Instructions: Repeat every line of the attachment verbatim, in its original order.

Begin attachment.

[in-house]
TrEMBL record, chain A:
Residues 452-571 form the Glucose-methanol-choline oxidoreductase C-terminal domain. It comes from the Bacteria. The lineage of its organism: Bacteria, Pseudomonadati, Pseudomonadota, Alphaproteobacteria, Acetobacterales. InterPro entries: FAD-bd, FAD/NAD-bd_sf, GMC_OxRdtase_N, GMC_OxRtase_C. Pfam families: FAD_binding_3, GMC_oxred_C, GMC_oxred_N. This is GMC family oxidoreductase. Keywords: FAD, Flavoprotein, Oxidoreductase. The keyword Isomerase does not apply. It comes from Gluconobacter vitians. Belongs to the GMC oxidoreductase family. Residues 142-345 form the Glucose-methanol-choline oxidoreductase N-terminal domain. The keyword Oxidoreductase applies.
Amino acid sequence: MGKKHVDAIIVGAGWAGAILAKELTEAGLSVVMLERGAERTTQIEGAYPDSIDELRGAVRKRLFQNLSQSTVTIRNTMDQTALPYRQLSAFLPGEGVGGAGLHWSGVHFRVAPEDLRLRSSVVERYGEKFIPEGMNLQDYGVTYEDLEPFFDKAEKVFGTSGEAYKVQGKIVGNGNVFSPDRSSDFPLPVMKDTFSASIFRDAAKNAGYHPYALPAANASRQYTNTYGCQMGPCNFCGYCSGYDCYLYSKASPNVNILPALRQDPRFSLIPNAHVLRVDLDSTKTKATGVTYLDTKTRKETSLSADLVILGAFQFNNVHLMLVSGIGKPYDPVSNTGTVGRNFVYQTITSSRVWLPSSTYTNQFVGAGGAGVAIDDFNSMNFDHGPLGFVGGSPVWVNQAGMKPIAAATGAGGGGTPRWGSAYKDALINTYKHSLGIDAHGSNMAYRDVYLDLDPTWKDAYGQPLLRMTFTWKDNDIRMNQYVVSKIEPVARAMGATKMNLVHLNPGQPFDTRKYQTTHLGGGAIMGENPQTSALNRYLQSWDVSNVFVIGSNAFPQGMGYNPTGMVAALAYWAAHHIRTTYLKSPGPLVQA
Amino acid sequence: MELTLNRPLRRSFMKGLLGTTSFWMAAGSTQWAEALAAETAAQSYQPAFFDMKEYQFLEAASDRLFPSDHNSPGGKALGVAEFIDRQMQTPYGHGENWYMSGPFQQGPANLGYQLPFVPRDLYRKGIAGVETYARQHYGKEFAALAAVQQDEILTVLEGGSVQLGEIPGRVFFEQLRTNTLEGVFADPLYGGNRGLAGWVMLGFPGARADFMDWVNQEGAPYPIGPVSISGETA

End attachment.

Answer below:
[in-house]
TrEMBL record, chain A:
Residues 452-571 form the Glucose-methanol-choline oxidoreductase C-terminal domain. It comes from the Bacteria. The lineage of its organism: Bacteria, Pseudomonadati, Pseudomonadota, Alphaproteobacteria, Acetobacterales. InterPro entries: FAD-bd, FAD/NAD-bd_sf, GMC_OxRdtase_N, GMC_OxRtase_C. Pfam families: FAD_binding_3, GMC_oxred_C, GMC_oxred_N. This is GMC family oxidoreductase. Keywords: FAD, Flavoprotein, Oxidoreductase. The keyword Isomerase does not apply. It comes from Gluconobacter vitians. Belongs to the GMC oxidoreductase family. Residues 142-345 form the Glucose-methanol-choline oxidoreductase N-terminal domain. The keyword Oxidoreductase applies.
Amino acid sequence: MGKKHVDAIIVGAGWAGAILAKELTEAGLSVVMLERGAERTTQIEGAYPDSIDELRGAVRKRLFQNLSQSTVTIRNTMDQTALPYRQLSAFLPGEGVGGAGLHWSGVHFRVAPEDLRLRSSVVERYGEKFIPEGMNLQDYGVTYEDLEPFFDKAEKVFGTSGEAYKVQGKIVGNGNVFSPDRSSDFPLPVMKDTFSASIFRDAAKNAGYHPYALPAANASRQYTNTYGCQMGPCNFCGYCSGYDCYLYSKASPNVNILPALRQDPRFSLIPNAHVLRVDLDSTKTKATGVTYLDTKTRKETSLSADLVILGAFQFNNVHLMLVSGIGKPYDPVSNTGTVGRNFVYQTITSSRVWLPSSTYTNQFVGAGGAGVAIDDFNSMNFDHGPLGFVGGSPVWVNQAGMKPIAAATGAGGGGTPRWGSAYKDALINTYKHSLGIDAHGSNMAYRDVYLDLDPTWKDAYGQPLLRMTFTWKDNDIRMNQYVVSKIEPVARAMGATKMNLVHLNPGQPFDTRKYQTTHLGGGAIMGENPQTSALNRYLQSWDVSNVFVIGSNAFPQGMGYNPTGMVAALAYWAAHHIRTTYLKSPGPLVQA
Amino acid sequence: MELTLNRPLRRSFMKGLLGTTSFWMAAGSTQWAEALAAETAAQSYQPAFFDMKEYQFLEAASDRLFPSDHNSPGGKALGVAEFIDRQMQTPYGHGENWYMSGPFQQGPANLGYQLPFVPRDLYRKGIAGVETYARQHYGKEFAALAAVQQDEILTVLEGGSVQLGEIPGRVFFEQLRTNTLEGVFADPLYGGNRGLAGWVMLGFPGARADFMDWVNQEGAPYPIGPVSISGETA